3 permanent veterinary design mistakes

3 permanent veterinary design mistakes

Some design choices are tough to erase from your veterinary hospital later. Find the worst offenders here.
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Jun 20, 2013
By dvm360.com staff

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Clients can easily move the seating to fit their preference at Bridgewater Veterinary Hospital in Bridgewater, N.J.

Have you ever tried to move something that’s glued to the floor? It’s not easy and it’s certainly not fun. This is why Dan Chapel, AIA, president of Chapel Associates Architects in Little Rock, Ark., stresses the importance of making your new practice as “remodel-friendly” as possible. Here are three design choices that aren’t going anywhere anytime soon, according to Chapel.

1. Built-in seating. When it comes to the waiting room, anything you build into the floor or attach to the wall could be a pain, Chapel says. Plus, he points out, the flooring probably won’t go all the way under the built-in furniture, which would be even more of a hassle to fix later on.

“If you think you want to redo your waiting room—some people like to spin it around every few months to freshen up the space—you can do that with movable chairs, bistro tables, etc.,” Chapel says.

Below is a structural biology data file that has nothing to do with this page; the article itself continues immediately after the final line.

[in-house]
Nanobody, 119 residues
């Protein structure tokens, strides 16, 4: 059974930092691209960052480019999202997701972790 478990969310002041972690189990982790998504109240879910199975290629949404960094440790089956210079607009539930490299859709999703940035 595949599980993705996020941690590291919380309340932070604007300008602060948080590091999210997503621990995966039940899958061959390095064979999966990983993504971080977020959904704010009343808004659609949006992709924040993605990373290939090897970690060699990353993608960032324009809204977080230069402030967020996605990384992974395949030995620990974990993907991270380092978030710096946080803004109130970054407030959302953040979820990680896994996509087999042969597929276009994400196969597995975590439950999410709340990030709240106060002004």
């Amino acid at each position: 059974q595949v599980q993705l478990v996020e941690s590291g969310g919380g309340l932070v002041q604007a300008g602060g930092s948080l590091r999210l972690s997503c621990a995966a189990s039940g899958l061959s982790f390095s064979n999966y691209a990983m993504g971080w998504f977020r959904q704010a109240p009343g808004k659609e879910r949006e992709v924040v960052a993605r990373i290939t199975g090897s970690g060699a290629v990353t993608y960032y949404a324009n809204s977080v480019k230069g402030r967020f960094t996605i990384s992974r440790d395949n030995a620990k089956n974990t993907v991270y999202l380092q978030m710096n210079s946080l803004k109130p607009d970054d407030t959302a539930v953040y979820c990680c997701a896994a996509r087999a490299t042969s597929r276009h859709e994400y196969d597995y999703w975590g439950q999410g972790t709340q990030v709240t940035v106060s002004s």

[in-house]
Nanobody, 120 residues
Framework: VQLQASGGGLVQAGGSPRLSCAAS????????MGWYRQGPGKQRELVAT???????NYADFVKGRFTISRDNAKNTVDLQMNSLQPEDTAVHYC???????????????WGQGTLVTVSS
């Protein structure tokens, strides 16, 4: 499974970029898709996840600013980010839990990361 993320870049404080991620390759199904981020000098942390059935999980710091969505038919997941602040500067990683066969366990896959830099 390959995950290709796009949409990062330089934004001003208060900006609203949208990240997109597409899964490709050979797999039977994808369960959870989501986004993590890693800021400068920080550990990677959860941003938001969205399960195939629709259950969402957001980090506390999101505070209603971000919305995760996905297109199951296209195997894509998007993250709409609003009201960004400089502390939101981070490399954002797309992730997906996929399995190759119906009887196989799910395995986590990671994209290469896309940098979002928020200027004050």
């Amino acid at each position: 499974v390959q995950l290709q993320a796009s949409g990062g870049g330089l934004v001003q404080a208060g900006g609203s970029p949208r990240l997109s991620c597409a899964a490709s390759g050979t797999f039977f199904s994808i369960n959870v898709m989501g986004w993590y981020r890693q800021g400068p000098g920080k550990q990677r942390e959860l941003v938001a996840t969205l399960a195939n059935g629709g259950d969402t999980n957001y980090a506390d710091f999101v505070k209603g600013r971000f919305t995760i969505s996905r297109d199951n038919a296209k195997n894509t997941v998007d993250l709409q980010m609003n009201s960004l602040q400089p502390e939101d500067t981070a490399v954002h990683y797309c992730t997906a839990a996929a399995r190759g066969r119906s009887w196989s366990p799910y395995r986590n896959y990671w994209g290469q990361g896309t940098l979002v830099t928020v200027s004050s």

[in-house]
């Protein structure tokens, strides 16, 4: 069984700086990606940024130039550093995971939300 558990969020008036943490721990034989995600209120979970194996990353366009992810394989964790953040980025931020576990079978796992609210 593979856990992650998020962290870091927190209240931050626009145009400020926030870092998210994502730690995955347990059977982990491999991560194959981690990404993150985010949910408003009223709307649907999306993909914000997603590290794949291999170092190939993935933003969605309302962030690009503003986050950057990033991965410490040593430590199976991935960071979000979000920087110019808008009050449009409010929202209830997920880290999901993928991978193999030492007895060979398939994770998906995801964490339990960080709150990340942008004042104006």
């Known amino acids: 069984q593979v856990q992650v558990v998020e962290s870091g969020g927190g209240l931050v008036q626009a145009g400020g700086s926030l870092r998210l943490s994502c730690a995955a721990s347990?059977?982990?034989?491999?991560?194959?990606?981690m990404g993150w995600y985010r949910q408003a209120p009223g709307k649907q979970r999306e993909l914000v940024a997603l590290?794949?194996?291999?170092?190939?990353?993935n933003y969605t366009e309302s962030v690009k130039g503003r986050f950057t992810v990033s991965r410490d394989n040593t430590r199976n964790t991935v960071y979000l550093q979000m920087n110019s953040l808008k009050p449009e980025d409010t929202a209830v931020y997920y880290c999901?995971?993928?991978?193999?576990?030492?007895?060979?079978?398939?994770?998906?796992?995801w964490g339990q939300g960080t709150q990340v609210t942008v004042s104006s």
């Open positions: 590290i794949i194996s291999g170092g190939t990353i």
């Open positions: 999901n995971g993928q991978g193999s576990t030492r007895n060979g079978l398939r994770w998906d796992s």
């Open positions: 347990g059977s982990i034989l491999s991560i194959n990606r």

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Photo courtesy of Paul Tighe/Normandy Studio

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The 2013 Hospital of the Year (Allandale Veterinary Hospital) picked the perfect tub.

2. Concrete block bathing. Unless you’re counting on the tub to serve as your tornado shelter for centuries to come, it’s best to go with a design that will move without the use of a sledgehammer. “In the old days we’d install a human bathtub, but back then we didn’t have options,” Chapel says. “Nowadays the easier ones to move are the stainless steel tubs with legs.”

Mike Guibault/MG Photography Studio

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Just as Chapel recommends, there’s a building exit right outside this isolation exam at All Pets Animal Hospital in Katy, Texas.

3. Isolation up front. The drains and ventilation involved make isolation a real nightmare to move, Chapel says. You want it far away from where other pets will boarded, but you also want to be able to closely observe this area (Hint: Installing cameras is a great solution so the pets can be monitored in isolation 24/7.)

“Put isolation toward the back of the hospital, near an outdoor exit,” Chapel says. “If somebody calls about a contagious animal, you can have them come around back—you don’t have to carry them all the way through the hospital.”

Photo courtesy of VJ Arizpe/The Photo Shop